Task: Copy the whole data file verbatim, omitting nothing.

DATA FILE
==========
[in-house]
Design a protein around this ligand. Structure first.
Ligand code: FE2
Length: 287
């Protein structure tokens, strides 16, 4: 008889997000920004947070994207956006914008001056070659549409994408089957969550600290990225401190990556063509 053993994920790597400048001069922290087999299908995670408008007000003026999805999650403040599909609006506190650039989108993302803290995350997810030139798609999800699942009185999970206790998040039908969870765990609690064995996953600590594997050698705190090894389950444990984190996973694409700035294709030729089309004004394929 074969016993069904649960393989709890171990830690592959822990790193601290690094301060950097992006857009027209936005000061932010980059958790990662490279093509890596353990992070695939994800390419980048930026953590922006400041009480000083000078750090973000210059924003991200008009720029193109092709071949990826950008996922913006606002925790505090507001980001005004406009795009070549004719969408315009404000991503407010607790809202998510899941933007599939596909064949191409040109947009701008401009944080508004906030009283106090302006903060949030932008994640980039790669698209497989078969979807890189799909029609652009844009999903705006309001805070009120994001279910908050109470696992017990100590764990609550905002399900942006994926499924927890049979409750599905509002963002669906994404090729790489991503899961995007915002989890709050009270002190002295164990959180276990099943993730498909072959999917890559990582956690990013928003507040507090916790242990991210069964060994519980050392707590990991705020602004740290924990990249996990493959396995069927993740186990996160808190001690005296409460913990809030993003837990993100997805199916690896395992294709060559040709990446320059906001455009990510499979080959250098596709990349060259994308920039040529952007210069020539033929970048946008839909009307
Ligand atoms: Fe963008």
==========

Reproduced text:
[in-house]
Design a protein around this ligand. Structure first.
Ligand code: FE2
Length: 287
């Protein structure tokens, strides 16, 4: 008889997000920004947070994207956006914008001056070659549409994408089957969550600290990225401190990556063509 053993994920790597400048001069922290087999299908995670408008007000003026999805999650403040599909609006506190650039989108993302803290995350997810030139798609999800699942009185999970206790998040039908969870765990609690064995996953600590594997050698705190090894389950444990984190996973694409700035294709030729089309004004394929 074969016993069904649960393989709890171990830690592959822990790193601290690094301060950097992006857009027209936005000061932010980059958790990662490279093509890596353990992070695939994800390419980048930026953590922006400041009480000083000078750090973000210059924003991200008009720029193109092709071949990826950008996922913006606002925790505090507001980001005004406009795009070549004719969408315009404000991503407010607790809202998510899941933007599939596909064949191409040109947009701008401009944080508004906030009283106090302006903060949030932008994640980039790669698209497989078969979807890189799909029609652009844009999903705006309001805070009120994001279910908050109470696992017990100590764990609550905002399900942006994926499924927890049979409750599905509002963002669906994404090729790489991503899961995007915002989890709050009270002190002295164990959180276990099943993730498909072959999917890559990582956690990013928003507040507090916790242990991210069964060994519980050392707590990991705020602004740290924990990249996990493959396995069927993740186990996160808190001690005296409460913990809030993003837990993100997805199916690896395992294709060559040709990446320059906001455009990510499979080959250098596709990349060259994308920039040529952007210069020539033929970048946008839909009307
Ligand atoms: Fe963008």